Which brings us to the question of authority. And it’s an excellent question because there are many authorities out there, just ask ‘em.
You’d like to think that for the most part there are fact-checkers and editors looking over the words that get printed, bound and sold in bookstores. Even if the editors are farmers who travel from their tater patch to their office every day (but probably not) their experiences STILL won’t mirror those of the other nine climate zones in the U.S. If you can find books that have been written for your particular zone and that encompass your particular interests, snap them up and keep them close for future reference. The printed word is permanent; it’s not like it can be spewed out there willy-nilly and then disappear into some alternate universe…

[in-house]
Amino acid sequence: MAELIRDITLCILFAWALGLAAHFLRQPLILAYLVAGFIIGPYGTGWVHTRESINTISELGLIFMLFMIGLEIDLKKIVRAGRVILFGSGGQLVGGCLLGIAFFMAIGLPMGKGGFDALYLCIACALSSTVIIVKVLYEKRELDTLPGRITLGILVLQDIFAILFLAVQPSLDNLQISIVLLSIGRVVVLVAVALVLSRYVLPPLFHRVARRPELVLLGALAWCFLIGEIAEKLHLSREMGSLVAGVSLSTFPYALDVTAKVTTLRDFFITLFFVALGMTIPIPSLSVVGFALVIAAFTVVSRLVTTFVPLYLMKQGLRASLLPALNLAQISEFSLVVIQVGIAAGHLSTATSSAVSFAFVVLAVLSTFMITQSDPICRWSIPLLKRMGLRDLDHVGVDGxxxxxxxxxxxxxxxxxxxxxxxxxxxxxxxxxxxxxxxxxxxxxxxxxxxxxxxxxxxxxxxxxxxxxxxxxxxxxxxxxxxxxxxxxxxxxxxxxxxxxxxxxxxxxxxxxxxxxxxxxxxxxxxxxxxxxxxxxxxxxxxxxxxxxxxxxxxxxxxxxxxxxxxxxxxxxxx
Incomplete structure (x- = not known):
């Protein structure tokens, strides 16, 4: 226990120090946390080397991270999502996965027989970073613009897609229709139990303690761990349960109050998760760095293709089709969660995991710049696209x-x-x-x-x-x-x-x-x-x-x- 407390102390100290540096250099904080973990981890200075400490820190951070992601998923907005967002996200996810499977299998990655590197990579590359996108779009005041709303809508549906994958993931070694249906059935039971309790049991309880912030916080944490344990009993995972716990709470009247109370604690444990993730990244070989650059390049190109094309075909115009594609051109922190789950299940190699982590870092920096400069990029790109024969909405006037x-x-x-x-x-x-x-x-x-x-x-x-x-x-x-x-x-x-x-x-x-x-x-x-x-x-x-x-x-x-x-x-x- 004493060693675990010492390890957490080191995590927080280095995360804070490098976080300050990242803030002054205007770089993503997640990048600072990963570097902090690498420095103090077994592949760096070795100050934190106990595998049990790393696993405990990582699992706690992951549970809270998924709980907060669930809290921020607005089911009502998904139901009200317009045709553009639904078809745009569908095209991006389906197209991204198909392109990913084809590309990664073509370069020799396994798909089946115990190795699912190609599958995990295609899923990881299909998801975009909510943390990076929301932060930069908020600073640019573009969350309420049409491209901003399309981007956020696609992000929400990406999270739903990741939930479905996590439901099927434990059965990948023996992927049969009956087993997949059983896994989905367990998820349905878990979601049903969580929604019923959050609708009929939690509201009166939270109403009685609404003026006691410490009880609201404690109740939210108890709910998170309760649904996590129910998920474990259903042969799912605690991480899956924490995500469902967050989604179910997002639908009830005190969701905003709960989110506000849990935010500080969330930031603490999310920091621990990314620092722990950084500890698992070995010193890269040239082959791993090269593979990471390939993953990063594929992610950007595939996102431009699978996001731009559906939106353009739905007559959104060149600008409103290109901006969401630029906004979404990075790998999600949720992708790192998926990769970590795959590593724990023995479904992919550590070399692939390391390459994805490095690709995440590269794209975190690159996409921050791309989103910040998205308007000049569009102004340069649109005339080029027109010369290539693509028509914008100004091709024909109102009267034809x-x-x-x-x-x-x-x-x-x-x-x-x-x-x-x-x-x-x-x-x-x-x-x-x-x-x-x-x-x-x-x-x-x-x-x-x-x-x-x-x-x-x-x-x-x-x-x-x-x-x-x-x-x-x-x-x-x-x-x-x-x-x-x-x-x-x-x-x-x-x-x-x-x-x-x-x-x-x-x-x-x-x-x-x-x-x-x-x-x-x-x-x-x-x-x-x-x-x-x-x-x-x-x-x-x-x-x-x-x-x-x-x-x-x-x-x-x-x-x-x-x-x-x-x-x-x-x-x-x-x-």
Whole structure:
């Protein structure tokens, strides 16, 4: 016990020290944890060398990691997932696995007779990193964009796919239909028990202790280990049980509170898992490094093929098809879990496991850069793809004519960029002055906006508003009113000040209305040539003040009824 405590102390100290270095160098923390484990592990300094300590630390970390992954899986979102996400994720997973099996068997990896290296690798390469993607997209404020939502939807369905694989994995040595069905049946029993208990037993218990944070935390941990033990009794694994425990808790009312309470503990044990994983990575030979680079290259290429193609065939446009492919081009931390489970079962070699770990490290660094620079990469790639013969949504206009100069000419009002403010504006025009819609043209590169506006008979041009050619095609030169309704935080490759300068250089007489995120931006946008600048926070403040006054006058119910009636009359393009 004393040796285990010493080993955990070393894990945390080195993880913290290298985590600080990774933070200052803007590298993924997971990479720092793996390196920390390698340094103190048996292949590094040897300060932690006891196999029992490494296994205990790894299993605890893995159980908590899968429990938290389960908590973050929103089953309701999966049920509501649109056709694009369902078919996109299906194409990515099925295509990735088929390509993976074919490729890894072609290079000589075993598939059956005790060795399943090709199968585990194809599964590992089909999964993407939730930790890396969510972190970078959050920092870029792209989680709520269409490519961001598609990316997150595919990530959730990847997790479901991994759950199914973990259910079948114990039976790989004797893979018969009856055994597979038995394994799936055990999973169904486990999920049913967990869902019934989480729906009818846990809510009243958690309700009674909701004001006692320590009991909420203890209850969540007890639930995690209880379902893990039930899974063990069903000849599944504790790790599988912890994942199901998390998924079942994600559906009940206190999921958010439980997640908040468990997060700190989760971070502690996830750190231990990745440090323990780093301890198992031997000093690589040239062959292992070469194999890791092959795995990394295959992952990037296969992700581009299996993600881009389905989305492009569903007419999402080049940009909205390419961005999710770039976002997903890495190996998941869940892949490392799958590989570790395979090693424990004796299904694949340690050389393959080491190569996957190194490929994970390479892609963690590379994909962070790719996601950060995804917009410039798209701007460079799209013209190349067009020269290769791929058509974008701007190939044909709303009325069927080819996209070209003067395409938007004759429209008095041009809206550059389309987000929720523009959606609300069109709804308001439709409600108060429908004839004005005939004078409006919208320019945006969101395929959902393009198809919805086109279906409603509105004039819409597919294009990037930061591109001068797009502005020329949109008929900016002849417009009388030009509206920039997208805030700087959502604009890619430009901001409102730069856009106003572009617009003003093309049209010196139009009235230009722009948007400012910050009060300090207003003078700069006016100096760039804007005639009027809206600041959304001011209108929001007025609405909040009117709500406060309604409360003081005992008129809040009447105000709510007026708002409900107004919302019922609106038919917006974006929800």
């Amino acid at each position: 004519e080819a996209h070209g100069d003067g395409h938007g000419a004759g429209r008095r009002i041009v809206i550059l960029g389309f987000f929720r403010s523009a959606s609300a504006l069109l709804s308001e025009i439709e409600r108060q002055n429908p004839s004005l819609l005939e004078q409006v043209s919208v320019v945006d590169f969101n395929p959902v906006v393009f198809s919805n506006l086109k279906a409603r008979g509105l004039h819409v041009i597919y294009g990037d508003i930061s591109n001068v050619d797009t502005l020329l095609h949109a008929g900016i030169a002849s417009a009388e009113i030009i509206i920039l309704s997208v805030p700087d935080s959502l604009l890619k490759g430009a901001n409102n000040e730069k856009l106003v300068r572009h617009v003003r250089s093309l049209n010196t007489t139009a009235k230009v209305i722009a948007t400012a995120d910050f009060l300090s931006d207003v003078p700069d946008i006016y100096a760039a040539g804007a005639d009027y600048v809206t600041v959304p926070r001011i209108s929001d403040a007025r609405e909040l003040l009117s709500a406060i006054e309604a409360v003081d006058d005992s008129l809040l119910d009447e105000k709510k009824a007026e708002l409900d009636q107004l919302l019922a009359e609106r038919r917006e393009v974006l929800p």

…Like on the Internet.
Online forums and websites and blogs abound to help newcomers become old hands at the various tasks involved in livestock and plant care.
The only problem (and it’s a doozy) is that there’s really no way of knowing if the person counseling you is knowledgeable and experienced, or full of compost.
Even IF said person (if that is, in fact, their real name) lives near you (if that is, in fact, their real location), it’s really difficult to tell if they know what they’re talking about, or if they’ve just been doing the same thing you have—wandering the ‘net and gathering links—only they’ve got a more authoritative timbre to their typing and a really earthy avatar and web-name.
So if you ask a question like, “What kind of chickens should I get?” you’ll get a gabazillion different answers--all of which may be true…for that person, in that place.